Although breastfeeding is a normal process, it needs good preparation and sometimes support from a health professional. There are many myths circulating and we don’t often see breastfeeding mothers in our social environment or public space. In Greece, unfortunately, only 51% of newborns are breastfed after one week (1). To a large extent this is due to the lack of properly documented information and guidance of women. Read the most frequent breastfeeding difficulties and how to deal with them!
The most frequent difficulties in breastfeeding
Insufficient attachment of the baby to the breast
Contrary to the popular belief that the baby nurses from the nipple, it actually nurses from the breast. The goal is to get as much of the areola (the dark area around the nipple) in the baby’s mouth as possible while nursing. In other words, you have to wait for that moment when your baby opens his mouth wide, as if yawning. Thus productive and painless attachment will be achieved. Otherwise, you risk injuring your nipples and the baby not being fed properly, leading to reduced milk production and insufficient weight gain.
Try asymmetrical attachment! Make sure to touch the lower lip of the baby to the lower contour of the areola. So the nipple will point towards his nose. As soon as the mouth is wide open, you bring it close to you, letting the nipple enter facing upwards. This way she will reach the soft palate on the baby’s palate and less friction will be created. (2) (3)
Try it in a “rugby” stance which gives you a larger field of view!
Injured or irritated nipples
The most common cause that leads to sore nipples is poor attachment of the baby to the breast. Don’t discount if you’re in pain! Pain while breastfeeding is always a warning sign. Except for the first few intense seconds of a meal, breastfeeding should be mostly painless. You can try letting the breast milk in the nipple air dry and often leaving the breast uncovered. If you prefer wet healing, try Silverette® silver nipple cups . Silver acts preventively, therapeutically and protects against friction with clothing (4). It also has antimicrobial, antifungal and anti-inflammatory properties (5).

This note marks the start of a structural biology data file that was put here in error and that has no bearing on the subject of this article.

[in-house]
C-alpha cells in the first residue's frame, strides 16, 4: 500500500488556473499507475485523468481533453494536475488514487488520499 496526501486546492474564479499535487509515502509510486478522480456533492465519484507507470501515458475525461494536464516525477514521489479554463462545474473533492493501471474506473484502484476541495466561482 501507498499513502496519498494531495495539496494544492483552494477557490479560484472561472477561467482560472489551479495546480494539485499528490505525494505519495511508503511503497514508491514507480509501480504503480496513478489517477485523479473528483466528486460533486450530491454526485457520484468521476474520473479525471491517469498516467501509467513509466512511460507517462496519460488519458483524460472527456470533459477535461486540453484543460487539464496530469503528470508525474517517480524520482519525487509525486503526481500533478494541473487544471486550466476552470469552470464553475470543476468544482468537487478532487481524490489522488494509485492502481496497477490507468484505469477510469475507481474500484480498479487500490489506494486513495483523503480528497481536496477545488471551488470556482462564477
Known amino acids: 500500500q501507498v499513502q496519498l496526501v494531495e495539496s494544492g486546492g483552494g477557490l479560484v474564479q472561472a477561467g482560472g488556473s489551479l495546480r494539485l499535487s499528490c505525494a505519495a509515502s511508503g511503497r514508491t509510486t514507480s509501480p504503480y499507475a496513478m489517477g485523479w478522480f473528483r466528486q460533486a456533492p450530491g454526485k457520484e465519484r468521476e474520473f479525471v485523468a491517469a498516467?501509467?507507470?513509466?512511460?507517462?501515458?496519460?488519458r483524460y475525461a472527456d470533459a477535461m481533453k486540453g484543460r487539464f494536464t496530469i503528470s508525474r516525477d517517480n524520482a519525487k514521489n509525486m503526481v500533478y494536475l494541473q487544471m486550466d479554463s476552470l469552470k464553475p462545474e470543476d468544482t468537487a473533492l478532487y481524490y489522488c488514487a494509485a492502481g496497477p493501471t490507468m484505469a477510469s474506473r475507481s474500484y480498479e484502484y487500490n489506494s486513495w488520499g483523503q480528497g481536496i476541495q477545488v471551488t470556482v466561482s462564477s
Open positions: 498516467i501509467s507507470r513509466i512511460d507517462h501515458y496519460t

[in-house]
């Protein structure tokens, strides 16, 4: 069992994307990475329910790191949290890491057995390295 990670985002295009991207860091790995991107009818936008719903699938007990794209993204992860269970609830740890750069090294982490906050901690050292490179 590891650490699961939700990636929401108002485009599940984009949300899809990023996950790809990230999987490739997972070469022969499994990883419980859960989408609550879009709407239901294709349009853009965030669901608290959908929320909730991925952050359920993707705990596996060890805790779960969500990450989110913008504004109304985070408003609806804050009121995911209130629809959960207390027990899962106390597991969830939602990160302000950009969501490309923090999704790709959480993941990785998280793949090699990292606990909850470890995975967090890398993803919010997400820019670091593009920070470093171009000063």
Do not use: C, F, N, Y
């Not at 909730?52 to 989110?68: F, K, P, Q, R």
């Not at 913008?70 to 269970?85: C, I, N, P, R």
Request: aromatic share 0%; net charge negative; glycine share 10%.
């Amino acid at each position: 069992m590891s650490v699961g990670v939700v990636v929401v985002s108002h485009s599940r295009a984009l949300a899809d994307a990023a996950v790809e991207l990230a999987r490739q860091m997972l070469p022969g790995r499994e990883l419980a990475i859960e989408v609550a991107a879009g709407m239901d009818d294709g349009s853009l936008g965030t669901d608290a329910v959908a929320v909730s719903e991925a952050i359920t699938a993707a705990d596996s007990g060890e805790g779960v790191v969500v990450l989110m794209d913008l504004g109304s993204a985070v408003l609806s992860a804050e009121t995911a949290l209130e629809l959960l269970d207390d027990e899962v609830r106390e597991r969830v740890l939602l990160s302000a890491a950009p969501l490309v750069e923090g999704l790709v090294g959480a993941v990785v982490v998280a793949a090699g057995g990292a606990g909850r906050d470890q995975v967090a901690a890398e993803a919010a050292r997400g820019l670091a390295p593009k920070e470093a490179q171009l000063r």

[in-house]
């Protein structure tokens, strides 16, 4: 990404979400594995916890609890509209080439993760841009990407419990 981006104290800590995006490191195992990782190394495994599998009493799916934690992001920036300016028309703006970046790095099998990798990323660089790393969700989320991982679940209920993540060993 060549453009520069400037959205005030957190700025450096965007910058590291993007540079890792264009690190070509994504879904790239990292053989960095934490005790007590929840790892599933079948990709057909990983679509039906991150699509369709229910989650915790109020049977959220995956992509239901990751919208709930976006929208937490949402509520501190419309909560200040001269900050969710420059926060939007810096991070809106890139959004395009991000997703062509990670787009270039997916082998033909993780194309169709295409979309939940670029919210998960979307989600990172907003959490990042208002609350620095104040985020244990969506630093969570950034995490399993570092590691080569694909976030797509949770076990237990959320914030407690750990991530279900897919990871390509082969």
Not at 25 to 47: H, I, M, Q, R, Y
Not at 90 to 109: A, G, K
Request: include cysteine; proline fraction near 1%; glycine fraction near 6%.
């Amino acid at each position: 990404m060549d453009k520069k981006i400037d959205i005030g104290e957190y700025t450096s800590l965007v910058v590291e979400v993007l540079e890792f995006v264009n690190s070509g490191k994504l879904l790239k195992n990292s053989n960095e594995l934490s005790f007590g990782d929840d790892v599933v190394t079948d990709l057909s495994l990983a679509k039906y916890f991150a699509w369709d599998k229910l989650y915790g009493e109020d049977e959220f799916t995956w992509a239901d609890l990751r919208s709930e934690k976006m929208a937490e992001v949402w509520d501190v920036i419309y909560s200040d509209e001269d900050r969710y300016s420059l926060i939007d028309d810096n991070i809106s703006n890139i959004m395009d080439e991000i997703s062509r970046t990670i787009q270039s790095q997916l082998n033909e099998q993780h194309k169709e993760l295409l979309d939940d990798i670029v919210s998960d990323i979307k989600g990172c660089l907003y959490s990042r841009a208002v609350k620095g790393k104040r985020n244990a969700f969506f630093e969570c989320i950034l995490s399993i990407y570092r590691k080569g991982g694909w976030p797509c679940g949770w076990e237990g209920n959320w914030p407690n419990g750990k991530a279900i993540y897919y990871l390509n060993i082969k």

Discomfort and swelling when “milk comes down”
In fact, milk does not “come down” on the third day after delivery, but is already prepared from the third trimester of pregnancy (2). Breast congestion often seen in the third 24 hours postpartum is due to venous and lymphatic congestion. The breast looks swollen, hot and red.
The most important treatment for congestion is breastfeeding at will. Whenever and for as long as the baby asks for it, but ALSO whenever the mother feels the need to relieve herself. This means you may need to WAKE your baby up to help you. In the long run the best approach is to let the baby regulate the production of milk and not interfere with a breast pump, at least for the first forty days. This would give your chest the message that it has to feed two children !
If congestion makes it difficult for the baby to attach, reversed pressure can be used. In this technique, you place your fingers on the sides of the nipple, pressing towards the sternum, so as to decongest the area around the nipple. Breast massage and hand expression will also provide relief (2).
Clogged duct of the mammary gland
When a duct of a mammary gland becomes blocked, milk cannot come out of that area. This can lead to nipple pain, local redness and swelling or mastitis. Again the key is the correct attachment of the baby to the breast. In fact, it seems to “empty” better the point of the chest where the baby’s chin points, as it massages that point more effectively. For this reason, it is important to alternate breastfeeding positions . Using a warm compress and massaging the breast before breastfeeding can help (2).
If you can’t deal with the most frequent breastfeeding difficulties alone…
If you don’t see improvement within 24-48 hours, seek support from a midwife or an IBCLC-certified health professional. Breastfeeding is a huge capital that in some cases needs the patient and informed guidance of health professionals.